Why Major Currency Pairs Are No Longer Volatile

In recent weeks, the activities
in the currencies market has been relatively calm. The lack of major movements
has led posed a challenge to traders. This is because without the volatility,
it is difficult to find opportunity. This problem was amplified yesterday when
Goldman Sachs released its first quarter results. While the bank’s earnings
beat analyst forecasts, its performance in the Fixed Income Currencies and Commodities
declined by 11% in the quarter. This has seen the bank diversify its business
to consumer banking, with the launch of the Apple Card product. The chart below
shows the performance of the GBP/USD and EUR/USD pairs in recent weeks.

The reason for low volatility in
the currencies market is easy to explain. In the United States, the Federal
Reserve has said that it will not increase interest rates this year. There have
been chatter that the bank could even cut rates this year. The dovish Federal
Reserve has been met with other dovish central banks too. In Australia, the RBA
said that it will likely cut rates if the unemployment rate rises. The Reserve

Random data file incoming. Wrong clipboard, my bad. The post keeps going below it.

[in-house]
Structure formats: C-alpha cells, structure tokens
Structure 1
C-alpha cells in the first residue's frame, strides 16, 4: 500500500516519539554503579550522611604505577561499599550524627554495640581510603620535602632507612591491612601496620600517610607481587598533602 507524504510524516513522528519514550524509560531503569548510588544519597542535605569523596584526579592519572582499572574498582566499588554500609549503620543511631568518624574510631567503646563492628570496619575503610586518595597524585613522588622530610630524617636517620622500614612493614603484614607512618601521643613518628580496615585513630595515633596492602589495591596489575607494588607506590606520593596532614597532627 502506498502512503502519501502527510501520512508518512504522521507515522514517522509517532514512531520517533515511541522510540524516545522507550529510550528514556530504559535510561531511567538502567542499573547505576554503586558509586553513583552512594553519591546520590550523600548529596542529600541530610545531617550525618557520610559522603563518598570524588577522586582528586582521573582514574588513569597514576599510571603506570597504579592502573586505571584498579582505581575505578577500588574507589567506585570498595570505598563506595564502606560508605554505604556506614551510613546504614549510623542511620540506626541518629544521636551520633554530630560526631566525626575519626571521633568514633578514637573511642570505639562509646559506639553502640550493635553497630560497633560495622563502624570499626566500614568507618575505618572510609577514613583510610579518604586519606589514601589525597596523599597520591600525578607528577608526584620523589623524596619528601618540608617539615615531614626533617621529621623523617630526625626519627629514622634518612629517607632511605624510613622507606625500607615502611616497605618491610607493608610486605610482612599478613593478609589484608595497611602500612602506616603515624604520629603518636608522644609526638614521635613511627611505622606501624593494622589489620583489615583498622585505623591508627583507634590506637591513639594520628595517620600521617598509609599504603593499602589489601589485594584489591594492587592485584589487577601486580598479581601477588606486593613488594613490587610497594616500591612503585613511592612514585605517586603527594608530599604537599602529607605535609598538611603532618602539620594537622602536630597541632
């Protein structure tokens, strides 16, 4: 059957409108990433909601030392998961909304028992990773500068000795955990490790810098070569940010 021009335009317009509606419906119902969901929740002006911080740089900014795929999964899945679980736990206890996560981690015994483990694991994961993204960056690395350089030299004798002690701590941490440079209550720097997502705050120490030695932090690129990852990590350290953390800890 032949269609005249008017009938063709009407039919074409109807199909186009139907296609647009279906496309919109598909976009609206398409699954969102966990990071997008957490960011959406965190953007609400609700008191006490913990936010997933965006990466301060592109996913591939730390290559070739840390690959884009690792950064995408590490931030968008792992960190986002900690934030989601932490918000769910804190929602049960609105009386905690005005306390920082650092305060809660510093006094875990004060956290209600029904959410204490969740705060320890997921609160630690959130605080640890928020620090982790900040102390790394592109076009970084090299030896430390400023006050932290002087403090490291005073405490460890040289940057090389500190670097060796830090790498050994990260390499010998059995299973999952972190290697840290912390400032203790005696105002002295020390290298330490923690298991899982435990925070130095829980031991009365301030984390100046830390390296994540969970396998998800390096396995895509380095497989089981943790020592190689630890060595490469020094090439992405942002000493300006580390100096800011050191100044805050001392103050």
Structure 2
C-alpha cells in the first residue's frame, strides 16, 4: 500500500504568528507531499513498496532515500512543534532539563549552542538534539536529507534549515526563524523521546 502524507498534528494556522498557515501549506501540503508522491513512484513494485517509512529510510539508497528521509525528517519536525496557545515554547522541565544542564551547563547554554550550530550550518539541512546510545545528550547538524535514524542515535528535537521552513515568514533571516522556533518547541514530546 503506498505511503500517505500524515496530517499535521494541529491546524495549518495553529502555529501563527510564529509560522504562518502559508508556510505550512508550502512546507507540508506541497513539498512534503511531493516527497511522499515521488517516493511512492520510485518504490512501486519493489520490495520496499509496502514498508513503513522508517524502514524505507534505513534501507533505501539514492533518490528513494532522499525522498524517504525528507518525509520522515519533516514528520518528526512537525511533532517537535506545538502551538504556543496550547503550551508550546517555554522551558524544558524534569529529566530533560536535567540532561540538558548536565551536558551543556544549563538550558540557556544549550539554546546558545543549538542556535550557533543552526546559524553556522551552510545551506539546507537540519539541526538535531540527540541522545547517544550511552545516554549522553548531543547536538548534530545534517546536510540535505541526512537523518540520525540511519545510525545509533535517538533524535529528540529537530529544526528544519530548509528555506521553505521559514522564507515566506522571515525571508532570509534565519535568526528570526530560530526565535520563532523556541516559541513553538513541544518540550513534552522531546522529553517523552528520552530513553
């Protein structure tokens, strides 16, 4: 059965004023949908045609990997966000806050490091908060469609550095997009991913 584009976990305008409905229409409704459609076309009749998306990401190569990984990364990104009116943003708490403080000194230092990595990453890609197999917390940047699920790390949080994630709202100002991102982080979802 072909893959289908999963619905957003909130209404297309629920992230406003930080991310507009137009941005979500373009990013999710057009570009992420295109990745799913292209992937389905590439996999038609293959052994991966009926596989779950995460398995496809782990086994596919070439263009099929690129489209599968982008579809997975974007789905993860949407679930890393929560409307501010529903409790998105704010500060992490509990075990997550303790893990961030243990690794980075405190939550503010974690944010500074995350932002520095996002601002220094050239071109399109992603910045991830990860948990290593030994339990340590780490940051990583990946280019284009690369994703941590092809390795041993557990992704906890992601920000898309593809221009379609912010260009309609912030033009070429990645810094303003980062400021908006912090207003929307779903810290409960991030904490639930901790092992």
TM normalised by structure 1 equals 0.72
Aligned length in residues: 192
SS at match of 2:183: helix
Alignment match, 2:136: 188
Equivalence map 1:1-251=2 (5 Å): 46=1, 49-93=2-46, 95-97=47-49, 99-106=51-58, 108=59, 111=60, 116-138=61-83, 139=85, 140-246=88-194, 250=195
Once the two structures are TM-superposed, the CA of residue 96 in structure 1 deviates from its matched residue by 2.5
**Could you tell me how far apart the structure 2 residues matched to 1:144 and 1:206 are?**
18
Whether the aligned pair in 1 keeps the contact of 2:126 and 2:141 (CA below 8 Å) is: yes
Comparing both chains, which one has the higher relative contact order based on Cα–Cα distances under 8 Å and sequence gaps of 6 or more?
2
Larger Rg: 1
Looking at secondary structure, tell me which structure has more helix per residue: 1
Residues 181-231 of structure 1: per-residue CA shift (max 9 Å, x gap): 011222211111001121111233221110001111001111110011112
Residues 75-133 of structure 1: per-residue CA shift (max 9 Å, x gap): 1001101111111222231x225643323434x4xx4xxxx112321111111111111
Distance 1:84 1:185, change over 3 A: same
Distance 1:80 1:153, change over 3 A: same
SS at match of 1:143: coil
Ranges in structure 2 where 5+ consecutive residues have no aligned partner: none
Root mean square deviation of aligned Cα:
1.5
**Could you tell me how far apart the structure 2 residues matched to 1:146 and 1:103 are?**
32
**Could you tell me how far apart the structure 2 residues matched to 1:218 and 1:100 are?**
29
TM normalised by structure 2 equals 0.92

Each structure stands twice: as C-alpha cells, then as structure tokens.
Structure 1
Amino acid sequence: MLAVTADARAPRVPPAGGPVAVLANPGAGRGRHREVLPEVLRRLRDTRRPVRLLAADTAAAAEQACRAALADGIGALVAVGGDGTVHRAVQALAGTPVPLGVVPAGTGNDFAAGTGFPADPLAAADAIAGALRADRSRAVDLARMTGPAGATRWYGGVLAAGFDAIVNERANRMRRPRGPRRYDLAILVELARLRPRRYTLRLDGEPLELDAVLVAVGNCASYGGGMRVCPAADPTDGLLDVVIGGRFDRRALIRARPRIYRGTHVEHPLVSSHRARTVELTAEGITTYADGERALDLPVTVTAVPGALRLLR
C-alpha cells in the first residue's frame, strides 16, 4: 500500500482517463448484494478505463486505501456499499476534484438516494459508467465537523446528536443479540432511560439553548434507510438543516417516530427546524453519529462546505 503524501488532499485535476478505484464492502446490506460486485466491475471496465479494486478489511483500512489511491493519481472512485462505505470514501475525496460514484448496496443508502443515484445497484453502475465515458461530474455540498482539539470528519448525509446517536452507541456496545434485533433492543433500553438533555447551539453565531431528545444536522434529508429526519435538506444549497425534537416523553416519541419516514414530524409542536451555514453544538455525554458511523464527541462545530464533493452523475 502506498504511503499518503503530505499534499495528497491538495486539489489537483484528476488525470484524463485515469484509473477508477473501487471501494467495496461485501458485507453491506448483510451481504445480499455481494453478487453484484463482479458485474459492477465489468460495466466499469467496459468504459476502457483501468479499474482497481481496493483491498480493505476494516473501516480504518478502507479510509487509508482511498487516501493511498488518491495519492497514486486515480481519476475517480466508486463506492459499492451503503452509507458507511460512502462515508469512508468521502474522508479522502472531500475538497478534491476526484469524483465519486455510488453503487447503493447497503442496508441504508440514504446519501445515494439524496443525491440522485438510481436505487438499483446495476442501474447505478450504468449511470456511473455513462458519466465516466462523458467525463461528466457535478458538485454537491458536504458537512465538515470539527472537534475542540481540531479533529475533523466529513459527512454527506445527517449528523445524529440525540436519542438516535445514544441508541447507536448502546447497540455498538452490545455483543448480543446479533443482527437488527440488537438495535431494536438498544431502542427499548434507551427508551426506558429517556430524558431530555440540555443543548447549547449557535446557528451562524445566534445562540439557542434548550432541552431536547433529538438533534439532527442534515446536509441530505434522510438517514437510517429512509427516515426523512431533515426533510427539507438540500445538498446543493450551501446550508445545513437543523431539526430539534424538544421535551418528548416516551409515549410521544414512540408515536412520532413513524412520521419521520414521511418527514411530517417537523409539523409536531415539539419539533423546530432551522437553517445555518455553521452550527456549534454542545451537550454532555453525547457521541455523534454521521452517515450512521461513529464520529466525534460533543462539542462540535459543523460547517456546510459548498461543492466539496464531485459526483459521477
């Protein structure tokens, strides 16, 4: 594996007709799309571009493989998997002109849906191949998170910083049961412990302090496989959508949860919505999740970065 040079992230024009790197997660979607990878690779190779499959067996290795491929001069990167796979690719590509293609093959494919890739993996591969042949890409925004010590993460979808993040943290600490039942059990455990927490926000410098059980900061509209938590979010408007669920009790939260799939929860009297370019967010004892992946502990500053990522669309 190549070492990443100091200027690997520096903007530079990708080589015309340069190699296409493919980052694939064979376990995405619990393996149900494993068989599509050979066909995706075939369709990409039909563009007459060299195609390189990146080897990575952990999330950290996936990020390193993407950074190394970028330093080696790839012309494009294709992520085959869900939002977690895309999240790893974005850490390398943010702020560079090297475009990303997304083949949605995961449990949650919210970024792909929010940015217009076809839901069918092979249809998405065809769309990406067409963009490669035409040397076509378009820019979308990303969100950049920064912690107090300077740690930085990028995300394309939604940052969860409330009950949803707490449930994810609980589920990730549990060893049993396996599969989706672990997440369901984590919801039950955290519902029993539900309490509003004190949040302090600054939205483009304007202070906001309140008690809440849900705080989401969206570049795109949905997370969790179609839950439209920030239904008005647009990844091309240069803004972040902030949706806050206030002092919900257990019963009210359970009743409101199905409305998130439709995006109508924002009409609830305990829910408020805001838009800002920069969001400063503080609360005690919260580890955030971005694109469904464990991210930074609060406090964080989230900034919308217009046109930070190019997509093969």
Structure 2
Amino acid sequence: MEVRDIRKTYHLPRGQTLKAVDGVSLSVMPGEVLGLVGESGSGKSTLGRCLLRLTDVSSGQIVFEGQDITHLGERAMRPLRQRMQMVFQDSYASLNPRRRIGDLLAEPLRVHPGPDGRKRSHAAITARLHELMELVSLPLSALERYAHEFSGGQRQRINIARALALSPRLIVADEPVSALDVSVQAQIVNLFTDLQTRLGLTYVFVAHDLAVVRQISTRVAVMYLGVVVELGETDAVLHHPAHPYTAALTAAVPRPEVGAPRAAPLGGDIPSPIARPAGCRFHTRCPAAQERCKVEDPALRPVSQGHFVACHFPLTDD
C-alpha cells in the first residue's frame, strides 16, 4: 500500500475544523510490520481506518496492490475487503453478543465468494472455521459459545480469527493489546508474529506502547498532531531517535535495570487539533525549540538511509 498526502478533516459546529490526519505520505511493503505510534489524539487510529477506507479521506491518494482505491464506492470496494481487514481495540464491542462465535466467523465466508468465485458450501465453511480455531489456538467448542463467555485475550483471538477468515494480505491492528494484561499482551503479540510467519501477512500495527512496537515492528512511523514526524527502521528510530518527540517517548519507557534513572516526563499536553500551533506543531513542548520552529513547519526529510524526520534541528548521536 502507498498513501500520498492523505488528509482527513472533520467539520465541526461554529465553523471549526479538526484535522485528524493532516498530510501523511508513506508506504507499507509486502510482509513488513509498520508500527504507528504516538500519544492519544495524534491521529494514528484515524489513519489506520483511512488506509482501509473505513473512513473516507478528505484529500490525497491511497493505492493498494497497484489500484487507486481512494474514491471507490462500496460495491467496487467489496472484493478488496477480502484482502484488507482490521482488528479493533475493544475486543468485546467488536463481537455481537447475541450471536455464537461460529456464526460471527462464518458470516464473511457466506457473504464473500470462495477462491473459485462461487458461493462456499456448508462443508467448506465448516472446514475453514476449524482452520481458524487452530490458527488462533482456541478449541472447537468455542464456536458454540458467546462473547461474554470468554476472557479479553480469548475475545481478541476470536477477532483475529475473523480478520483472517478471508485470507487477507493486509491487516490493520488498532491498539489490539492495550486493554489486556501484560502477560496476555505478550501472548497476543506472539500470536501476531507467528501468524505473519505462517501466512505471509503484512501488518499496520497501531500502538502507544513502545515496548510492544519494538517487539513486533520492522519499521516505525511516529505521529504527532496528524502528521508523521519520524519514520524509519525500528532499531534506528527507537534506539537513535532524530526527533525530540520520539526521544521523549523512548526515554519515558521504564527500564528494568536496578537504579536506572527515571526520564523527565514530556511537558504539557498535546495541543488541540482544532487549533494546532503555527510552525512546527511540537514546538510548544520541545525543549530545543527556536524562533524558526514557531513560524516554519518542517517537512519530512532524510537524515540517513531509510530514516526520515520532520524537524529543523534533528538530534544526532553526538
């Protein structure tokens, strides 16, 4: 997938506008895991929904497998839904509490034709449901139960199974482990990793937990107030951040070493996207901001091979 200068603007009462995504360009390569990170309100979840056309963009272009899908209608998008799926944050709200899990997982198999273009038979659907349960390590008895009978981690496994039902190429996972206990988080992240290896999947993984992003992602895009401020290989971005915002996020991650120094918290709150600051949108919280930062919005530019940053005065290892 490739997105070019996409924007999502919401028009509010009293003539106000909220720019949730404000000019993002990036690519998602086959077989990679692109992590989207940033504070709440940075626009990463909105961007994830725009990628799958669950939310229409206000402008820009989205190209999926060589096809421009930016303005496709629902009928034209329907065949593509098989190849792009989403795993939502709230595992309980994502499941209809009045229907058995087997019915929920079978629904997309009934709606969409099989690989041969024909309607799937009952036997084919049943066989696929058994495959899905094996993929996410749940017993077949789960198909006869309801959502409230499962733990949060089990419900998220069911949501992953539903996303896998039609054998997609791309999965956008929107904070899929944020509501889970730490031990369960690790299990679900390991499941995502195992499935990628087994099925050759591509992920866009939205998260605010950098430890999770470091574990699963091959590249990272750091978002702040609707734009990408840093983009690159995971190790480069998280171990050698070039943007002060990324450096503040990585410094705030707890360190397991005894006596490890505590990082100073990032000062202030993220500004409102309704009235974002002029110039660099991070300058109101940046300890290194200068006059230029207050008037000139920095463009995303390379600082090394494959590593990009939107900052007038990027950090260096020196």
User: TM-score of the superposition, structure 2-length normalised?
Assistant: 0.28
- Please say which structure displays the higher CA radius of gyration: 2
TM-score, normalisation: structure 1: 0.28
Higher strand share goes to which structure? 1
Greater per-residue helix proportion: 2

Bank of New Zealand has reiterated the same.

In Europe, the ECB has said that
the negative interest rates will continue to the end of the year. This was further
than what the bank had guided previously. It had said that it will hike rates
‘at least through summer.’ In Switzerland, the SNB has been left with little
options as the Swiss Franc has strengthened in recent days. In Sweden, the
Riksbank has also abandoned the plans to hike rates. In the United Kingdom, the
Brexit drama has left the economy more exposed to downsides. The ongoing delay
in implementing Brexit has left the country at a more exposed position.

In Asia, the Bank of Japan has
struggled to tighten the monetary policy. This is because while the country’s
economy is doing well, it has not created enough inflation. With no inflation,
it means that it will be impossible for the bank to raise interest rates. The
same trend of low monetary policy has continued in other countries like South
Korea and India.

In the emerging markets, the
central bankers have been uncomfortable about raising interest rates. This is
because of the weakening of the Chinese economy. The overall global economy is
forecasted to decline this year. Therefore, central bankers in countries like
South Africa, Brazil, and Russia have been forced to leave rates unchanged. The
chart below shows the trend of the VIX indicator in the past one year.

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